Summer is on its way, and that means sun, watersports, and enjoying the warm weather. Unfortunately, it also means that we’ll be seeing a return of mosquitoes.
Mosquitoes can be a pain for anyone.
But for an unlucky few, they may cause a condition called skeeter syndrome. This is essentially an allergic reaction to their venom, causing pain, swelling, and extreme itching. For these people, in particular, keeping mosquitoes away is vital.
Studies show that mosquito treatments like DEET and permethrin are perfectly safe to use in approved quantities. But some people prefer to use natural substances.
Joseph Conlon, the technical advisor for the American Mosquito Control Association, says that mosquito repellent really is the best way to keep yourself safe.
“In today’s era of the Zika virus, I would be professional remiss in not urging people to use a mosquito repellent that has been registered with the Environmental Protection Association,” says Conlon.
However, if you want to try using a natural mosquito repellent, it may boost your other methods of getting rid of mosquitoes. So, what are the best natural ways to avoid bug bites this summer?
Believe it or not, the scent that smells so sweet to humans has the opposite effect on mosquitoes. To use it in a homemade mosquito spray, just combine two teaspoons of vanilla with a cup of water and put it in a spray bottle. Then spray liberally on your clothes, hair, and skin. The best time to do this is right before you go outside. The vanilla scent will also cover up the natural human odors of sweat and oils, which are attractive to mosquitoes.
You can also spray this throughout your yard and home, especially in grass and bushes. A word of warning, though: check your vanilla before you mix up your spray. If it contains added sugar or alcohol, it will attract the bugs instead of driving them away.
2. Apple Cider Vinegar
Apple cider vinegar is a common household item that has dozens of uses, from cleaning sinks to deodorizing smelly carpet. But it’s also highly unpleasant for mosquitoes. You can make a spray by combining a 50/50 solution of water and vinegar, spraying it almost anywhere. It’s safe to breathe in and suitable for clothes, skin, and around your home and yard. But there’s one other interesting fact about it.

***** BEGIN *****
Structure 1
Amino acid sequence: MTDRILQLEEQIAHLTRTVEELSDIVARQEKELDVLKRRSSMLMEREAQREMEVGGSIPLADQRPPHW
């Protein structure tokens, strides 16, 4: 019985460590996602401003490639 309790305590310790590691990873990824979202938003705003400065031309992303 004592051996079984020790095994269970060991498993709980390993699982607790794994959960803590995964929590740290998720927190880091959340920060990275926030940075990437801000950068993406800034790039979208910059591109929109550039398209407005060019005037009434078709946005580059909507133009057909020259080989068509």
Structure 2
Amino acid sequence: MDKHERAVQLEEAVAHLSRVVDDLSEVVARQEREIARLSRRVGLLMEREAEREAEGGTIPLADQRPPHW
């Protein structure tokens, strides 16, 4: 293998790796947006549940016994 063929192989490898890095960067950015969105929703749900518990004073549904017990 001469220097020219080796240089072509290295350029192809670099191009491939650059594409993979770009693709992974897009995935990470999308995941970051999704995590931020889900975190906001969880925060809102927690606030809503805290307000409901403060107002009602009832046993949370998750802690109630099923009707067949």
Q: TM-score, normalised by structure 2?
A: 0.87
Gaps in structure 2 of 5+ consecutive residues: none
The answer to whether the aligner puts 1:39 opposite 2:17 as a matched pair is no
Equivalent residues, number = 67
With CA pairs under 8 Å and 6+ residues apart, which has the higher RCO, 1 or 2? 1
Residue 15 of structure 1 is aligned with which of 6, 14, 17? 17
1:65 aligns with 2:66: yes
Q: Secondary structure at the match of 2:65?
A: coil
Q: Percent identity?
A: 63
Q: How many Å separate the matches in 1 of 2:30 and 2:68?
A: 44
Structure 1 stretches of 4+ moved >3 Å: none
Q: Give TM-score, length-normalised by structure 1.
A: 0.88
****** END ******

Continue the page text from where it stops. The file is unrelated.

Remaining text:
“Many tales claim that taking an undiluted tablespoon of apple cider vinegar at least once per day is just what you need to keep mosquitoes away for good,” reads an article from Health. However, this hasn’t been substantiated, so don’t start drinking apple cider vinegar just yet.
3. Lemon Eucalyptus Oil
Essential oils are very popular nowadays, but they come with heavy caveats. Many of them are not regulated by the FDA. They can cause skin reactions and asthma attacks in sensitive individuals. They should also never be used on children or near pets, especially cats.
With all that being said, if you don’t have anyone sensitive nearby, lemon eucalyptus oil has been shown to be fairly effective against mosquitoes. In fact, it’s one of the most effective natural repellents you can find, providing protection for as long as 12 hours.
“It is a very good repellent,” says Conlon. “Just do not use it on kids younger than three years old; it hasn’t been approved for them.”
Be sure not to use eucalyptus oil near cats, either, as it is highly toxic and can cause poisoning.
4. Catnip Oil
We all know that catnip drives cats crazy. They can’t get enough of the stuff, but research shows that it can be used to repel mosquitos too. Catnip oil, which is acquired from catnip by steam distillation, can be used as a repellant for up to 7 hours of protection. And if you happen to be concerned about whether or not you’ll start attracting cats, don’t be alarmed. The oil is different from the herb so you won’t become a cat whisperer just yet.
So, What’s The Bottom Line?
Experts say that an EPA-approved commercial product works the best for repelling mosquitoes effectively. However, you can get rid of these nasty bloodsuckers with some natural remedies this summer, too — especially if you combine them. This year, there’s no reason that bugs should interfere with your outdoor activities.
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